Sunday, May 3, 2015

Book Review: September, September by Shelby Foote

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It's always interesting to me what people started as compared to what they're known for.

Shelby Foote began his literary career a a novelist in 1949 with the publication of Tournament. In 1952, with the success of his historical fiction novel Shiloh, Random House approached Mr. Foote and asked him to write a brief history of the Civil War.

Foote thought about it and came to the conclusion that he could not give the war such a quick-and-easy treatment. After a few talks with his publisher, Foote began working on what eventually became his magnum opus: a three-volume, 1.2 million world trilogy called The Civil War: A Narrative.

Foote spent twenty years of his life on the project. During this time, he didn't write any fiction. September, September was published in 1978. Despite writing several more novels before his death, Foote is best remembered as a frequent guest on Ken Burns' documentary The Civil War.

Yes, I posted my own photo of the book because Google Images was useless.

September, September is a historical novel set in Memphis, 1957. The central conflict revolves around three white people: Pudjo, a professional gambler, Rufus, a disgraced Marine, and his girlfriend Reeny. Together, they plan to get rich by kidnapping the son of a wealthy black man, Ebenezer Kinship, and use the political fallout of the ongoing Little Rock Crisis to cover their tracks.

It sounds like your typical thriller, right? But the kidnapping is just the novel's plot. The Kinship family has been doing just fine under the watchful yet firm eye of its patriarch, Theodore Wiggins (Ebenezer's father-in-law). When Ebenezer's son get's snatched, the family relations are strained and Foote uses it as a great way to explore the changing philosophy of the Civil Rights movement.

Theodore represents the old, Booker T. Washington school of thought, the idea that blacks could "go along to get along" in a white man's world. Ebenezer on the other hand, is galvanized by his son's kidnapping and wants to destroy the segregationist social order that he grew up with. By the end of the novel, Theodore realizes that his world is dying along with his generation.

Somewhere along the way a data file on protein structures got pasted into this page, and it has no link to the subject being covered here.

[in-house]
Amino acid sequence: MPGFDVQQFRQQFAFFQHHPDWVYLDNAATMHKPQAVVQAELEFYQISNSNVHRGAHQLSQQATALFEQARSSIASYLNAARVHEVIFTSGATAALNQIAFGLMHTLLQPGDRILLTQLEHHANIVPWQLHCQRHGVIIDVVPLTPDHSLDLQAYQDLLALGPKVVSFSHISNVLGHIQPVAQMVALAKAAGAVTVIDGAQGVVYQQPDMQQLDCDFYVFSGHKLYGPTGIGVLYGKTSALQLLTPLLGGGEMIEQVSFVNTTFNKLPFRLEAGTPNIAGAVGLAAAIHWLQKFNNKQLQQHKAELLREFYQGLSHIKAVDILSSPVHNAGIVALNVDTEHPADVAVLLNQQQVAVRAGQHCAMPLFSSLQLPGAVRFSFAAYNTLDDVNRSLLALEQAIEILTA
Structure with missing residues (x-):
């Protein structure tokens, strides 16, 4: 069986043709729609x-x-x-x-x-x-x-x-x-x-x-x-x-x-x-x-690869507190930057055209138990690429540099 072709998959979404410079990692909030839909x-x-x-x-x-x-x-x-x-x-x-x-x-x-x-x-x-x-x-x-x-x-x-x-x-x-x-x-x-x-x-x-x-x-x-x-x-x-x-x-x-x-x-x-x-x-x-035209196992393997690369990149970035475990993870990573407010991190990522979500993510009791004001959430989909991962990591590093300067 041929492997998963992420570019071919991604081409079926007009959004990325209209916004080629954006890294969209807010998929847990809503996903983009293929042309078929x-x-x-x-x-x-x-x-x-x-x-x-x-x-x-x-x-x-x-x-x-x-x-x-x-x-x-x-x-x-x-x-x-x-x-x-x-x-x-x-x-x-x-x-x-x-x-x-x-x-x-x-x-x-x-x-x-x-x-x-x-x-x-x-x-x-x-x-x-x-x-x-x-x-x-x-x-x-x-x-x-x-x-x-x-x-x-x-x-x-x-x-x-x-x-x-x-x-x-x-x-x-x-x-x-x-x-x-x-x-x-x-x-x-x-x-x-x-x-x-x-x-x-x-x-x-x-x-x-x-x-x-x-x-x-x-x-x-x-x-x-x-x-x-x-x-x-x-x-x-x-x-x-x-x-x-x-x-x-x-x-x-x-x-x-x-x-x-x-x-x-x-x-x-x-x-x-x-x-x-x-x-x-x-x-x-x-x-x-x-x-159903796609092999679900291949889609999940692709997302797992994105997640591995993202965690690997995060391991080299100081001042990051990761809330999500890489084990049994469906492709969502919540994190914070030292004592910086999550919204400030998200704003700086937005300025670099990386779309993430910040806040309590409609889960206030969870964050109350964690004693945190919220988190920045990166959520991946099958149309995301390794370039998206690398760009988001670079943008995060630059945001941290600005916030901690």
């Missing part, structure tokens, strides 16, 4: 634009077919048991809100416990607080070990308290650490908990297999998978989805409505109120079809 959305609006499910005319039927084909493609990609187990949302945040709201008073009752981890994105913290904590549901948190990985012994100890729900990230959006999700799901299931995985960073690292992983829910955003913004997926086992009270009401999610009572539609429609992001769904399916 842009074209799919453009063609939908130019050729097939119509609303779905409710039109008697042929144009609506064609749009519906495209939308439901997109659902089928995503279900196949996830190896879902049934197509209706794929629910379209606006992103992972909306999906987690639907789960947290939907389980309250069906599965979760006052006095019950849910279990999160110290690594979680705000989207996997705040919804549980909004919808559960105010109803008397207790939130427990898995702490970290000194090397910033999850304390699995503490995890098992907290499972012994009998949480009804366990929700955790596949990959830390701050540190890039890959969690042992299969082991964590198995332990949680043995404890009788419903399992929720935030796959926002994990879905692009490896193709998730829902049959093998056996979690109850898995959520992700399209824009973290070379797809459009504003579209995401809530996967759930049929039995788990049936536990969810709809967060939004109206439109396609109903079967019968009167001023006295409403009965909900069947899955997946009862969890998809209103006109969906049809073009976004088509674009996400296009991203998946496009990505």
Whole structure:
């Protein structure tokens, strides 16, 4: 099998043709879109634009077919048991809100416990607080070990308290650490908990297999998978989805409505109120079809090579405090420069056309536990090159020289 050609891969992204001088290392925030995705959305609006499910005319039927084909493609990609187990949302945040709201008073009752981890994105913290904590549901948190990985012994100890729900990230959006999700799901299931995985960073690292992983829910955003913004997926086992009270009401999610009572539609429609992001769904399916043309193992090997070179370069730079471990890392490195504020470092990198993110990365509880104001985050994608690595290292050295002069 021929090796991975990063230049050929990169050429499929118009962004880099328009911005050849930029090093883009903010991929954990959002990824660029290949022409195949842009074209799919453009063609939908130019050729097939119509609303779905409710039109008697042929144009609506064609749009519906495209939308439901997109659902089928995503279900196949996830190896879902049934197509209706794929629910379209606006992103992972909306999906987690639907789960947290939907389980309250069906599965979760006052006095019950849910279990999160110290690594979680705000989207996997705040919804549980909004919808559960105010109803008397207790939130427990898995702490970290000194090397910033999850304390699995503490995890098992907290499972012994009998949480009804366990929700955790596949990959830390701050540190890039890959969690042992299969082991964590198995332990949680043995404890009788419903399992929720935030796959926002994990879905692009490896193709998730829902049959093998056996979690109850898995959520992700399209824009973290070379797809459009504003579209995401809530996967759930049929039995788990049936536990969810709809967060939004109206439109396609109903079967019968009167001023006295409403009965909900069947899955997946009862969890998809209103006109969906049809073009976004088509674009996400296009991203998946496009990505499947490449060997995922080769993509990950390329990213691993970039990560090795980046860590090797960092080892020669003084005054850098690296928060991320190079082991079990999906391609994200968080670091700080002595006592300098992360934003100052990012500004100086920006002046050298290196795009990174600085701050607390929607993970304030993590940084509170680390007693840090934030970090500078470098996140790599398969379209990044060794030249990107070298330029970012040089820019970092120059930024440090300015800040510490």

The kidnappers have their own problems to deal with. Reeny wants a lover who won't abuse her like the other men in her past, and starts gravitating towards Pudjo when Rufus gets too unstable. To make matters worse, she develops a maternal attachment to the hostage. A love triangle forms that puts the whole plan in danger. When Rufus finds out that Reeny is leaving, he betrays his accomplices and steals their share of the ransom money.

Gain and loss is a running theme in the book. The Kinships get their son back (and the money) but they've lost the innocence they once had, and realize for the first time just how much the world is against them. Rufus gives up his girl and makes off with the money, only to be stopped at a police roadblock where they're searching for two bank robbers. Pudjo and Reeny get away undetected and plan to start a new life together, but with little money.

Interesting peak at the manuscript binding.

Never seen this before. These tags help the casual reader identify which character is speaking in a given chapter.

The novel has a wonderful cast of diverse characters and plenty of historical detail, yet, not so much that you think you're reading a textbook. Foote lived in Memphis for most of his life, and his talents as a historian aided in presenting just enough to keep the reader mindful of the fact that this is a 1950s story. The descriptions of the climate and the city itself are some of the most beautiful, and I could imagine Foote reading it aloud.

It's been reviewed favorably enough online, but it's a little-known book. If you're a fan of Foote's historical writings, I recommend adding this to the library.

Power to the pen!

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